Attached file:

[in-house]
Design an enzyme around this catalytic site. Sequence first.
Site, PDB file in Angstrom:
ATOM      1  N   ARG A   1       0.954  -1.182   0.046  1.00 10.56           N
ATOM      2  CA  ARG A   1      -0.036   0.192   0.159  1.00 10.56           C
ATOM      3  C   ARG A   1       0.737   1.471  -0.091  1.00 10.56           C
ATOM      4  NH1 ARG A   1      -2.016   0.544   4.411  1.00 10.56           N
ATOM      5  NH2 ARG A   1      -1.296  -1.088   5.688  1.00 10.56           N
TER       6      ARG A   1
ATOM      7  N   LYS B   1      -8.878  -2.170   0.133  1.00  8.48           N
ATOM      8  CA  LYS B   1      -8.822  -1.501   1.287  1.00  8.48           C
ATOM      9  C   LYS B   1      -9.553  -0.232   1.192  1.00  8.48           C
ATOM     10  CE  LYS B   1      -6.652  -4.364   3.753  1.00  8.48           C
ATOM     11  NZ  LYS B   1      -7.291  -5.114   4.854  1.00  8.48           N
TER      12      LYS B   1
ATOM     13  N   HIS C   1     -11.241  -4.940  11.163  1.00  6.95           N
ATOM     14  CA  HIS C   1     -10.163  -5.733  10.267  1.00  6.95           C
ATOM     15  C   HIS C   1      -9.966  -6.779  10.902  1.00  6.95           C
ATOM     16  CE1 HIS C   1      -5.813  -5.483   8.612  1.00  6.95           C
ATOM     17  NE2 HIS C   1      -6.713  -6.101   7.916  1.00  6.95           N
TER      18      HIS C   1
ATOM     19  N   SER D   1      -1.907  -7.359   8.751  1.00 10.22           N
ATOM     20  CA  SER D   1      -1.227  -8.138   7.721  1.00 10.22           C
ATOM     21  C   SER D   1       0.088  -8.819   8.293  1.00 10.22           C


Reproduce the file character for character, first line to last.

[in-house]
Design an enzyme around this catalytic site. Sequence first.
Site, PDB file in Angstrom:
ATOM      1  N   ARG A   1       0.954  -1.182   0.046  1.00 10.56           N
ATOM      2  CA  ARG A   1      -0.036   0.192   0.159  1.00 10.56           C
ATOM      3  C   ARG A   1       0.737   1.471  -0.091  1.00 10.56           C
ATOM      4  NH1 ARG A   1      -2.016   0.544   4.411  1.00 10.56           N
ATOM      5  NH2 ARG A   1      -1.296  -1.088   5.688  1.00 10.56           N
TER       6      ARG A   1
ATOM      7  N   LYS B   1      -8.878  -2.170   0.133  1.00  8.48           N
ATOM      8  CA  LYS B   1      -8.822  -1.501   1.287  1.00  8.48           C
ATOM      9  C   LYS B   1      -9.553  -0.232   1.192  1.00  8.48           C
ATOM     10  CE  LYS B   1      -6.652  -4.364   3.753  1.00  8.48           C
ATOM     11  NZ  LYS B   1      -7.291  -5.114   4.854  1.00  8.48           N
TER      12      LYS B   1
ATOM     13  N   HIS C   1     -11.241  -4.940  11.163  1.00  6.95           N
ATOM     14  CA  HIS C   1     -10.163  -5.733  10.267  1.00  6.95           C
ATOM     15  C   HIS C   1      -9.966  -6.779  10.902  1.00  6.95           C
ATOM     16  CE1 HIS C   1      -5.813  -5.483   8.612  1.00  6.95           C
ATOM     17  NE2 HIS C   1      -6.713  -6.101   7.916  1.00  6.95           N
TER      18      HIS C   1
ATOM     19  N   SER D   1      -1.907  -7.359   8.751  1.00 10.22           N
ATOM     20  CA  SER D   1      -1.227  -8.138   7.721  1.00 10.22           C
ATOM     21  C   SER D   1       0.088  -8.819   8.293  1.00 10.22           C